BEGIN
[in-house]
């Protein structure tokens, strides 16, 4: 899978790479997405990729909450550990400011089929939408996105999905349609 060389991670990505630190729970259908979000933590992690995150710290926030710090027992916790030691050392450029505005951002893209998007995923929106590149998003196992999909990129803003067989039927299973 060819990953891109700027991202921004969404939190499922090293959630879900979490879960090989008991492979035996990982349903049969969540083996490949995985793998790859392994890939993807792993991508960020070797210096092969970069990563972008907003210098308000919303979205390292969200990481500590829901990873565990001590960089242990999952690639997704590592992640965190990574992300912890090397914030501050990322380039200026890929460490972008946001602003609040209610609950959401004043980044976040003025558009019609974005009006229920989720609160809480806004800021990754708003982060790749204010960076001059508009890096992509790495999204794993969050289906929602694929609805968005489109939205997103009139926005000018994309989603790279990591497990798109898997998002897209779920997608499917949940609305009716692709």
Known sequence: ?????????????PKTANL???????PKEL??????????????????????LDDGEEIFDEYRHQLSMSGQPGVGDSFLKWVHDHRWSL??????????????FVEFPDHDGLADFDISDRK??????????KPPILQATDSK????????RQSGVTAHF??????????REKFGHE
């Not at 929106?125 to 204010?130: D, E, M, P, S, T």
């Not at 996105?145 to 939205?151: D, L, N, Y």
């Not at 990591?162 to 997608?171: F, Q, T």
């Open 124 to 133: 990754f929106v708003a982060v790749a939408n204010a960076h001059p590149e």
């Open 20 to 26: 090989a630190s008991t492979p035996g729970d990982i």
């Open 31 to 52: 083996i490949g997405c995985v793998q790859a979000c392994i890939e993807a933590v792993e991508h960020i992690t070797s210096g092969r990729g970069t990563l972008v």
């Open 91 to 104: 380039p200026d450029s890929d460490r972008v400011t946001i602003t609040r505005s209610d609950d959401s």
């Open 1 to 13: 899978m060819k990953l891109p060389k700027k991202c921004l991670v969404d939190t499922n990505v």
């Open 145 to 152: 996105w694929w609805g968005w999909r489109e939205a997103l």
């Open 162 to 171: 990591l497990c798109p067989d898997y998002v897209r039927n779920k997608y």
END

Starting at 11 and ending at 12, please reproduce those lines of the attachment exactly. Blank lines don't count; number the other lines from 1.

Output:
């Open 1 to 13: 899978m060819k990953l891109p060389k700027k991202c921004l991670v969404d939190t499922n990505v």
């Open 145 to 152: 996105w694929w609805g968005w999909r489109e939205a997103l």